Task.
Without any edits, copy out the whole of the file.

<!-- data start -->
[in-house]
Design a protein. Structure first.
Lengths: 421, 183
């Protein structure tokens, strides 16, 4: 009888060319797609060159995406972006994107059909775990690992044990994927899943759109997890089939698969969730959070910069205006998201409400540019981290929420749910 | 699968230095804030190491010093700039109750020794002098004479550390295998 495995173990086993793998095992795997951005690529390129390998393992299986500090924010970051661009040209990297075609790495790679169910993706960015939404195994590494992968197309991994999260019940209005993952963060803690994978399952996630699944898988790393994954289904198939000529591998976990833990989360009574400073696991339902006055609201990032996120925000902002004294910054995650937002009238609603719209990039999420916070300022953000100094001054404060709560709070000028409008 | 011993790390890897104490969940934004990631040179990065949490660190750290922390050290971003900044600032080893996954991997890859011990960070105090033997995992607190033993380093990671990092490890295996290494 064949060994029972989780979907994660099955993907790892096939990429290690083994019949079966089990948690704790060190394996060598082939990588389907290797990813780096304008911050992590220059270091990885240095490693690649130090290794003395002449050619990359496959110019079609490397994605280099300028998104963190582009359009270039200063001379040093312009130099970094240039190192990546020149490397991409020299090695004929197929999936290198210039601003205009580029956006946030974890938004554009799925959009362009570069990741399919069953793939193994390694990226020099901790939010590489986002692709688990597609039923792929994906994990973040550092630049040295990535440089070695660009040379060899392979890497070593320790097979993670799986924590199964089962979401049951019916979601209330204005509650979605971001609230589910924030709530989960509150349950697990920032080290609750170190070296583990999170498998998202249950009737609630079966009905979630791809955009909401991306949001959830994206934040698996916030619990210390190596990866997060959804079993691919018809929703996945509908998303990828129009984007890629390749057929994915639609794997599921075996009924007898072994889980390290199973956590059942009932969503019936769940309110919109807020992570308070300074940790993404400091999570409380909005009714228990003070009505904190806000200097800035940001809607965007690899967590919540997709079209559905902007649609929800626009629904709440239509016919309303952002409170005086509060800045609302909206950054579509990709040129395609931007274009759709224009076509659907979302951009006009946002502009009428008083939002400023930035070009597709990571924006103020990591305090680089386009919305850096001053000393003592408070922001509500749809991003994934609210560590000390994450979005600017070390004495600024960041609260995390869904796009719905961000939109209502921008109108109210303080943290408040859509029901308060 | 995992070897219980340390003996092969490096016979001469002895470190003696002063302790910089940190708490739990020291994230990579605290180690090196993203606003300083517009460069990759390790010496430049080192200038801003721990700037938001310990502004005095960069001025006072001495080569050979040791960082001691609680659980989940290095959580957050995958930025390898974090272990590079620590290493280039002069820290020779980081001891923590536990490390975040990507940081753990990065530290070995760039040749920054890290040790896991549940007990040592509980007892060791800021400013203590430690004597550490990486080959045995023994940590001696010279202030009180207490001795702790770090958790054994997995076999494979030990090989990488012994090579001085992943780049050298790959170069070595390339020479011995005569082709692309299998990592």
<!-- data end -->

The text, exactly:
[in-house]
Design a protein. Structure first.
Lengths: 421, 183
């Protein structure tokens, strides 16, 4: 009888060319797609060159995406972006994107059909775990690992044990994927899943759109997890089939698969969730959070910069205006998201409400540019981290929420749910 | 699968230095804030190491010093700039109750020794002098004479550390295998 495995173990086993793998095992795997951005690529390129390998393992299986500090924010970051661009040209990297075609790495790679169910993706960015939404195994590494992968197309991994999260019940209005993952963060803690994978399952996630699944898988790393994954289904198939000529591998976990833990989360009574400073696991339902006055609201990032996120925000902002004294910054995650937002009238609603719209990039999420916070300022953000100094001054404060709560709070000028409008 | 011993790390890897104490969940934004990631040179990065949490660190750290922390050290971003900044600032080893996954991997890859011990960070105090033997995992607190033993380093990671990092490890295996290494 064949060994029972989780979907994660099955993907790892096939990429290690083994019949079966089990948690704790060190394996060598082939990588389907290797990813780096304008911050992590220059270091990885240095490693690649130090290794003395002449050619990359496959110019079609490397994605280099300028998104963190582009359009270039200063001379040093312009130099970094240039190192990546020149490397991409020299090695004929197929999936290198210039601003205009580029956006946030974890938004554009799925959009362009570069990741399919069953793939193994390694990226020099901790939010590489986002692709688990597609039923792929994906994990973040550092630049040295990535440089070695660009040379060899392979890497070593320790097979993670799986924590199964089962979401049951019916979601209330204005509650979605971001609230589910924030709530989960509150349950697990920032080290609750170190070296583990999170498998998202249950009737609630079966009905979630791809955009909401991306949001959830994206934040698996916030619990210390190596990866997060959804079993691919018809929703996945509908998303990828129009984007890629390749057929994915639609794997599921075996009924007898072994889980390290199973956590059942009932969503019936769940309110919109807020992570308070300074940790993404400091999570409380909005009714228990003070009505904190806000200097800035940001809607965007690899967590919540997709079209559905902007649609929800626009629904709440239509016919309303952002409170005086509060800045609302909206950054579509990709040129395609931007274009759709224009076509659907979302951009006009946002502009009428008083939002400023930035070009597709990571924006103020990591305090680089386009919305850096001053000393003592408070922001509500749809991003994934609210560590000390994450979005600017070390004495600024960041609260995390869904796009719905961000939109209502921008109108109210303080943290408040859509029901308060 | 995992070897219980340390003996092969490096016979001469002895470190003696002063302790910089940190708490739990020291994230990579605290180690090196993203606003300083517009460069990759390790010496430049080192200038801003721990700037938001310990502004005095960069001025006072001495080569050979040791960082001691609680659980989940290095959580957050995958930025390898974090272990590079620590290493280039002069820290020779980081001891923590536990490390975040990507940081753990990065530290070995760039040749920054890290040790896991549940007990040592509980007892060791800021400013203590430690004597550490990486080959045995023994940590001696010279202030009180207490001795702790770090958790054994997995076999494979030990090989990488012994090579001085992943780049050298790959170069070595390339020479011995005569082709692309299998990592």